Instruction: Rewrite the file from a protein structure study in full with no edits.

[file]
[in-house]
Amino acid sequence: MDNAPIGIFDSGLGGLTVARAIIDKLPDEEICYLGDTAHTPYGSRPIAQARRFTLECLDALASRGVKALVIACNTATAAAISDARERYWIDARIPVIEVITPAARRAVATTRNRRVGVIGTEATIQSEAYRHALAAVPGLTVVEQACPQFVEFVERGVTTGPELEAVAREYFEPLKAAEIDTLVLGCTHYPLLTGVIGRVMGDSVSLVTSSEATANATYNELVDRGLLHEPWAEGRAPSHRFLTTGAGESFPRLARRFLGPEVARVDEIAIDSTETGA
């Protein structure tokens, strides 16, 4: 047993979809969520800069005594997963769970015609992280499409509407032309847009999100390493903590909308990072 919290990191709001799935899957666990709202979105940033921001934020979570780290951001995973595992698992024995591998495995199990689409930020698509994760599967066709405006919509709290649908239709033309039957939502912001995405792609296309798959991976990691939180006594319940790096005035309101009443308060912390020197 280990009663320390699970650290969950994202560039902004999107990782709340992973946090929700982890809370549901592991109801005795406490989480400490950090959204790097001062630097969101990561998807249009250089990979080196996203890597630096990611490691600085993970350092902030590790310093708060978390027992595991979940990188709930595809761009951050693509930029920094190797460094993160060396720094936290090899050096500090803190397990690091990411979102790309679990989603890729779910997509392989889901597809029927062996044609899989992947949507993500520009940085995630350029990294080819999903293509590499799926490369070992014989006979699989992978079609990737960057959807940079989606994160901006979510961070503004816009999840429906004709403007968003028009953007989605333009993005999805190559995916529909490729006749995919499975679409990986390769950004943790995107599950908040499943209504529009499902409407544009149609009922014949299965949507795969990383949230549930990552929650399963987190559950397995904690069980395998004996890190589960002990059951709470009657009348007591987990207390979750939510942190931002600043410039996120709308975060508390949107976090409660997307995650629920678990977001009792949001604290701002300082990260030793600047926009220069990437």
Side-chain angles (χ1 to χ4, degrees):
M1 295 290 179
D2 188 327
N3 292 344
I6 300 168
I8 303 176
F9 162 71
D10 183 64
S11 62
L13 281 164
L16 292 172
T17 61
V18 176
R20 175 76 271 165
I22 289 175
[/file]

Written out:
[in-house]
Amino acid sequence: MDNAPIGIFDSGLGGLTVARAIIDKLPDEEICYLGDTAHTPYGSRPIAQARRFTLECLDALASRGVKALVIACNTATAAAISDARERYWIDARIPVIEVITPAARRAVATTRNRRVGVIGTEATIQSEAYRHALAAVPGLTVVEQACPQFVEFVERGVTTGPELEAVAREYFEPLKAAEIDTLVLGCTHYPLLTGVIGRVMGDSVSLVTSSEATANATYNELVDRGLLHEPWAEGRAPSHRFLTTGAGESFPRLARRFLGPEVARVDEIAIDSTETGA
């Protein structure tokens, strides 16, 4: 047993979809969520800069005594997963769970015609992280499409509407032309847009999100390493903590909308990072 919290990191709001799935899957666990709202979105940033921001934020979570780290951001995973595992698992024995591998495995199990689409930020698509994760599967066709405006919509709290649908239709033309039957939502912001995405792609296309798959991976990691939180006594319940790096005035309101009443308060912390020197 280990009663320390699970650290969950994202560039902004999107990782709340992973946090929700982890809370549901592991109801005795406490989480400490950090959204790097001062630097969101990561998807249009250089990979080196996203890597630096990611490691600085993970350092902030590790310093708060978390027992595991979940990188709930595809761009951050693509930029920094190797460094993160060396720094936290090899050096500090803190397990690091990411979102790309679990989603890729779910997509392989889901597809029927062996044609899989992947949507993500520009940085995630350029990294080819999903293509590499799926490369070992014989006979699989992978079609990737960057959807940079989606994160901006979510961070503004816009999840429906004709403007968003028009953007989605333009993005999805190559995916529909490729006749995919499975679409990986390769950004943790995107599950908040499943209504529009499902409407544009149609009922014949299965949507795969990383949230549930990552929650399963987190559950397995904690069980395998004996890190589960002990059951709470009657009348007591987990207390979750939510942190931002600043410039996120709308975060508390949107976090409660997307995650629920678990977001009792949001604290701002300082990260030793600047926009220069990437």
Side-chain angles (χ1 to χ4, degrees):
M1 295 290 179
D2 188 327
N3 292 344
I6 300 168
I8 303 176
F9 162 71
D10 183 64
S11 62
L13 281 164
L16 292 172
T17 61
V18 176
R20 175 76 271 165
I22 289 175